Friday, September 24, 2010

Sirius/XM Radio and Kyle Cantrell

Bridgestone Arena Visitor Center

We arrived early for our 12:30 appointment with Kyle Cantrell to tour the new Sirius/XM satellite radio station located in the conical tower on the corner of 5th and Broadway at the Bridgestone Arena in downtown Nashville.  We decided to walk down Broadway to take a quick look in at Gruhn Guitars.  The two or three block entertainment district down a gently sloping hill is filled with pretty sleazy bars, country music hangouts, a few nice restaurants, and the distinct odor of old beer and garbage.  

South Broadway

 Gruhn Guitar Window

Gruhn Guitars was established in 1970 when George Gruhn, Tut Taylor, and Randy Wood decided to open a music store on Broadway in Nashville.  Eventually Taylor and Wood left to pursue other interests, and George Gruhn built a mecca for buyers and sellers of great acoustic instruments. Instruments hanging on the walls whet the interest of any person who seeks a fine instrument. I can only imagine the stock that's stored in a vault somewhere in this building.  Here are just a few pictures to give you an idea.




We both have instruments we love and neither of us have much interest in adding to our collection, but a visit to Gruhn Guitars is sort of like a pilgrimage.  If you're nearby, you have to go there. 

Sirius/XM Studios
Kyle Cantrell in His Office
Kyle came down to the entrance of the Visitor Center to take us up stairs to the studio.  Somehow, when you hear a voice nearly every day on the radio while driving around the country, you begin to think of the person as a star talking to hundreds of thousands, if not millions of people, a disembodied voice and not a real person.  Over the past three or four years, as we've come to know Kyle, he's emerged as very much a real person - thoughtful, warm, engaged, and extremely knowledgeable in his areas of country and bluegrass music as well as broadcasting, in which he's been involved since he was a teenager.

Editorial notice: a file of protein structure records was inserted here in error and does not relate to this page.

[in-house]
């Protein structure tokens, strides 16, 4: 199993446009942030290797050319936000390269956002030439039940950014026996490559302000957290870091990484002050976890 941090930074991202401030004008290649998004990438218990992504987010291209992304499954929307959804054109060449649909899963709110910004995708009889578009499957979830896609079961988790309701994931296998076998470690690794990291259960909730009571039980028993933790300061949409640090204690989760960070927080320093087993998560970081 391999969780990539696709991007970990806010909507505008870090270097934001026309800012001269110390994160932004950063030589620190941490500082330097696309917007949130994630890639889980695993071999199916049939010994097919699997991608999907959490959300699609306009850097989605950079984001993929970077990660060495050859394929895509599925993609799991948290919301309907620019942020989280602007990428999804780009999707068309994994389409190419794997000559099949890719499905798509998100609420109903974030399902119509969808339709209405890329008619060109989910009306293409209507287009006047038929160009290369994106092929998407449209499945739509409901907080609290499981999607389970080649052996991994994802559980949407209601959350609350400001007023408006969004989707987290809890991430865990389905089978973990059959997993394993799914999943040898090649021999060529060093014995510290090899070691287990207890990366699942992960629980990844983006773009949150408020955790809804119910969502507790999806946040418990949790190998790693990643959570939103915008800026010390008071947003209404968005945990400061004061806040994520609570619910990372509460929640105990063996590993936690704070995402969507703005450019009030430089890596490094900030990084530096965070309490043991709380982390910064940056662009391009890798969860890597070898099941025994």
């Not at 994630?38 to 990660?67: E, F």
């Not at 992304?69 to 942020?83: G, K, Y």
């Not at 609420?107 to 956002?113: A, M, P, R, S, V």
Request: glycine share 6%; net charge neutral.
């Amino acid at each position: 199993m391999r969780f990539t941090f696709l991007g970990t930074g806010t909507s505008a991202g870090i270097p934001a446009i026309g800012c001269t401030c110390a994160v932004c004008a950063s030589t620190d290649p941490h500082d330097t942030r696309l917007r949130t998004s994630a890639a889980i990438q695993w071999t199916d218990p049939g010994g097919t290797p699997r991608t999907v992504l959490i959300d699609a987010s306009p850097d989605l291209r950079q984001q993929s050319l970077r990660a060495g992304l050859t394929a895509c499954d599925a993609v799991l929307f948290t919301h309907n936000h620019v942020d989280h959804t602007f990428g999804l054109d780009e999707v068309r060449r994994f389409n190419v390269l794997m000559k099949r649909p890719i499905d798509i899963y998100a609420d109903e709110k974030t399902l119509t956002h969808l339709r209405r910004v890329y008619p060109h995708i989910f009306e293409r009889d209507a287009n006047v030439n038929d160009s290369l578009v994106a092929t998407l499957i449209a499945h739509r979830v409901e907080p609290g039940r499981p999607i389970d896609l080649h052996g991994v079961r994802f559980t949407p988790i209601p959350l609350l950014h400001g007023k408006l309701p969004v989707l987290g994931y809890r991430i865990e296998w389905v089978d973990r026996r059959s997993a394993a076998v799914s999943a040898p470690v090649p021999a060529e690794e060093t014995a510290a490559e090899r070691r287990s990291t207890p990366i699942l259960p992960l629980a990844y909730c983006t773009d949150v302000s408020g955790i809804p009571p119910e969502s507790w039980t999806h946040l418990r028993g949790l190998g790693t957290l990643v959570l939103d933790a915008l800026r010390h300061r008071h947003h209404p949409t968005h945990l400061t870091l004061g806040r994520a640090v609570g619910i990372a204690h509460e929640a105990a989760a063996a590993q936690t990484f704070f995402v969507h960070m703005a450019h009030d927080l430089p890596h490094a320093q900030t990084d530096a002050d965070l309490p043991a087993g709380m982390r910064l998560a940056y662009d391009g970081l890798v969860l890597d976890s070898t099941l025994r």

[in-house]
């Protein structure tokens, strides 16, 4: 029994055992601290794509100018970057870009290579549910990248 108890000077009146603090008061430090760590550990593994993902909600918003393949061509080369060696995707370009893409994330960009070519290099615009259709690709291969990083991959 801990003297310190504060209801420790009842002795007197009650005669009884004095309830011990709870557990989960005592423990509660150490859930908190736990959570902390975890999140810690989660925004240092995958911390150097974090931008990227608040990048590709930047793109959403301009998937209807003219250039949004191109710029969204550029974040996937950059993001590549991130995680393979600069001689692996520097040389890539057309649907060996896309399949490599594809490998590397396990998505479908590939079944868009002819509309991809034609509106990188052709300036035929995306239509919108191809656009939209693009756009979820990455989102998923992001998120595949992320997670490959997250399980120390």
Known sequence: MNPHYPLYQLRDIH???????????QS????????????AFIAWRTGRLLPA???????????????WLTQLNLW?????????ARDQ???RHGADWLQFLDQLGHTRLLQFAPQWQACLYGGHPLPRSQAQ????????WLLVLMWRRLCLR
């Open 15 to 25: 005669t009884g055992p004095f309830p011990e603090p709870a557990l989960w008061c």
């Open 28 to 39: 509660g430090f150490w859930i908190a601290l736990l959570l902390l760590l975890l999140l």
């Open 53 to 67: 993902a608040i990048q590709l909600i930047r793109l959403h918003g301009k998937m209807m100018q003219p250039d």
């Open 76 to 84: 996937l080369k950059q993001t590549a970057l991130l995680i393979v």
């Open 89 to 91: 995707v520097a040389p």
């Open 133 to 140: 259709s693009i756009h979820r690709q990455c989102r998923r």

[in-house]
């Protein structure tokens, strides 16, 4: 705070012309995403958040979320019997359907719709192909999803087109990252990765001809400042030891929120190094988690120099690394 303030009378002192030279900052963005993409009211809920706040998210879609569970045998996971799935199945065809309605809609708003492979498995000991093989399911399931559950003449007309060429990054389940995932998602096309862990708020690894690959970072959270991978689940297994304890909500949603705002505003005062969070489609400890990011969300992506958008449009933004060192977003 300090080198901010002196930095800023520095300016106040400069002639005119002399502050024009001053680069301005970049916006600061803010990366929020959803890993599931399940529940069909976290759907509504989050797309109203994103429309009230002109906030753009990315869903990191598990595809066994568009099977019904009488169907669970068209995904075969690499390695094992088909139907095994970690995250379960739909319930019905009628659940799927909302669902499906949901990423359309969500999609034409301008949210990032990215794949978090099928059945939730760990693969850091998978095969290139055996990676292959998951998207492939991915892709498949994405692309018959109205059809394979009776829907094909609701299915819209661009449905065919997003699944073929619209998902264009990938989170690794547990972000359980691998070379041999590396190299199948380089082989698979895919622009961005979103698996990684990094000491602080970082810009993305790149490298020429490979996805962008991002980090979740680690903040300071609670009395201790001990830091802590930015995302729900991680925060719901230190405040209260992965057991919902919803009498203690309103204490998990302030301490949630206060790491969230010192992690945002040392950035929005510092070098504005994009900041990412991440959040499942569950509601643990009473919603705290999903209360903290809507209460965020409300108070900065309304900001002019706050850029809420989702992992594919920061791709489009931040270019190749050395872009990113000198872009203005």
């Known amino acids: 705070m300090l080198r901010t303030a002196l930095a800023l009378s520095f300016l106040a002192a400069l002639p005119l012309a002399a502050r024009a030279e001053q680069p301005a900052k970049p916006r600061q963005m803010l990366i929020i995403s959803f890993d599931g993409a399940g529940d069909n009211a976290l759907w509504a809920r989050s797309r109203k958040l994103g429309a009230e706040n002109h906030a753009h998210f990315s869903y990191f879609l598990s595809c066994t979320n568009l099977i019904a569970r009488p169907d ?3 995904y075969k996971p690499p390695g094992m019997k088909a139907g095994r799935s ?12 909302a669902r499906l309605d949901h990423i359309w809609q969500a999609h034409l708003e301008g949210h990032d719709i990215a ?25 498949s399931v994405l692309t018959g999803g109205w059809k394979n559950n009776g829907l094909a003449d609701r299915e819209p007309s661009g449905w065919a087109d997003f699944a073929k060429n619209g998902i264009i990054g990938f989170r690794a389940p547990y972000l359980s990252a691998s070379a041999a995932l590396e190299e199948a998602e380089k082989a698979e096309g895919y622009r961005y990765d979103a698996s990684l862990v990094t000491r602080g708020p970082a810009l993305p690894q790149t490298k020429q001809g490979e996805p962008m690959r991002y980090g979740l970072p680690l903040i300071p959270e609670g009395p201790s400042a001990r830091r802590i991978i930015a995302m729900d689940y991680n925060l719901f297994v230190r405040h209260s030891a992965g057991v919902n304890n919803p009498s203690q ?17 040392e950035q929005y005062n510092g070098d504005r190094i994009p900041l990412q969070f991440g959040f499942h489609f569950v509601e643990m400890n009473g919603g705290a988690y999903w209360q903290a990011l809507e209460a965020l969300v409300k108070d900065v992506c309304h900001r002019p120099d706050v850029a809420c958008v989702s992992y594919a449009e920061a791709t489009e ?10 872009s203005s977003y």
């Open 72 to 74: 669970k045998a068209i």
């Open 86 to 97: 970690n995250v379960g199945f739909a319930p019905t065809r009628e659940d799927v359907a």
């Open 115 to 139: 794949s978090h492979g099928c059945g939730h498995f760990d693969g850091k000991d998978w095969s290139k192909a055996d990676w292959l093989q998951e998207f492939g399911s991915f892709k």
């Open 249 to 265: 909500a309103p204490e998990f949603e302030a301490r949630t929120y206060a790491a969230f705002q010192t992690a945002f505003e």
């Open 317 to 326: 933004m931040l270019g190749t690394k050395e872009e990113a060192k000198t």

The Sirius/XM studios and offices take up three floors in the conical Bridgestone Arena Visitor Center and can only be reached by elevator.  It's located on three levels of the cone. Kyle started us at the top where three voice tracking rooms are located.  These small, sound-proof studios are where much of the programming originating in Nashville is created.  Each room contains a microphone, a couple of computer screens, and some dials and slides for managing the songs being put together into a block of programming.  The computers allow the on-air host to access the complete Sirius/XM archive needed to select and order songs for air play.  Kyle showed us, on a screen a small segment where a song faded into his voice making an introduction and then faded up into another song.  Such a production facility allows the "jock" to put together a three hour block of programming in about an hour while sitting in a pleasant, quiet environment looking out on S. Broadway, the famed Ryman Auditorium, and the Nashville Convention Center, the epi-center of country music in America.  

Voice Tracking Room

Other studios in the Sirius/XM suite permit a variety of other kinds of performance and program assembly.  There's a room where Kyle conducts his track-by-track interviews in which members of a band come to the studio to chat about each track on a new or soon to be released recording.  Recently we've heard Kyle's interviews with Darin & Brooke Aldridge and Tim O'Brien.  In each case, Kyle's questioning allows the guest to tell the story of the album and its contents as well as their own stories.  While, having come to know Kyle over the years, I understand that he has his own taste and preferences in music, it's truly impossible to tell by the interview what his opinion might be.  He does his homework, knows the history and development of the group he's interviewing, and constructs questions designed to elicit the essence of the recording at hand.  

Interview Studio

Performance Studio

Live Performance Auditorium

The live performance auditorium has been designed to permit a small audience of fifty or so people to come to the studio to watch and listen to a band's live performance.  So far only two of these have been produced, and Kyle said that attendance had not been very good, although the bands gave very fine, professional performances.  If you should happen to be in or near Nashville when one of these events is scheduled to be recorded, it would provide an excellent opportunity to hear a great band close-up in an intimate and comfortable setting.  

We finished our visit in Kyle's office after seeing the electronic guts of the system. His office is cluttered by dozens of CD's which are ready to be added to the system or have recently been digitized.  They are then sent to a huge archive in Washington, D.C. where they are stored forever to fulfill an FCC requirement that all recordings played on radio must exist in hard copy somewhere the station's archives, even though all the actual recording work is done on a computer from digital files, which are also maintained in Washington with back-up servers around the country.  I'd like to thank Kyle for taking time from his busy schedule to show us around.  As we left, we took a look at the surrounding area and know we'll be around the same places all next week for IBMA's World of Bluegrass and the IBMA Awards Show, which will be carried live on Sirius/XM satellite radio.

Sirius/XM Studios, The Nashville Convention Center 
Ryman Auditorium - The Birthplace of Bluegrass Music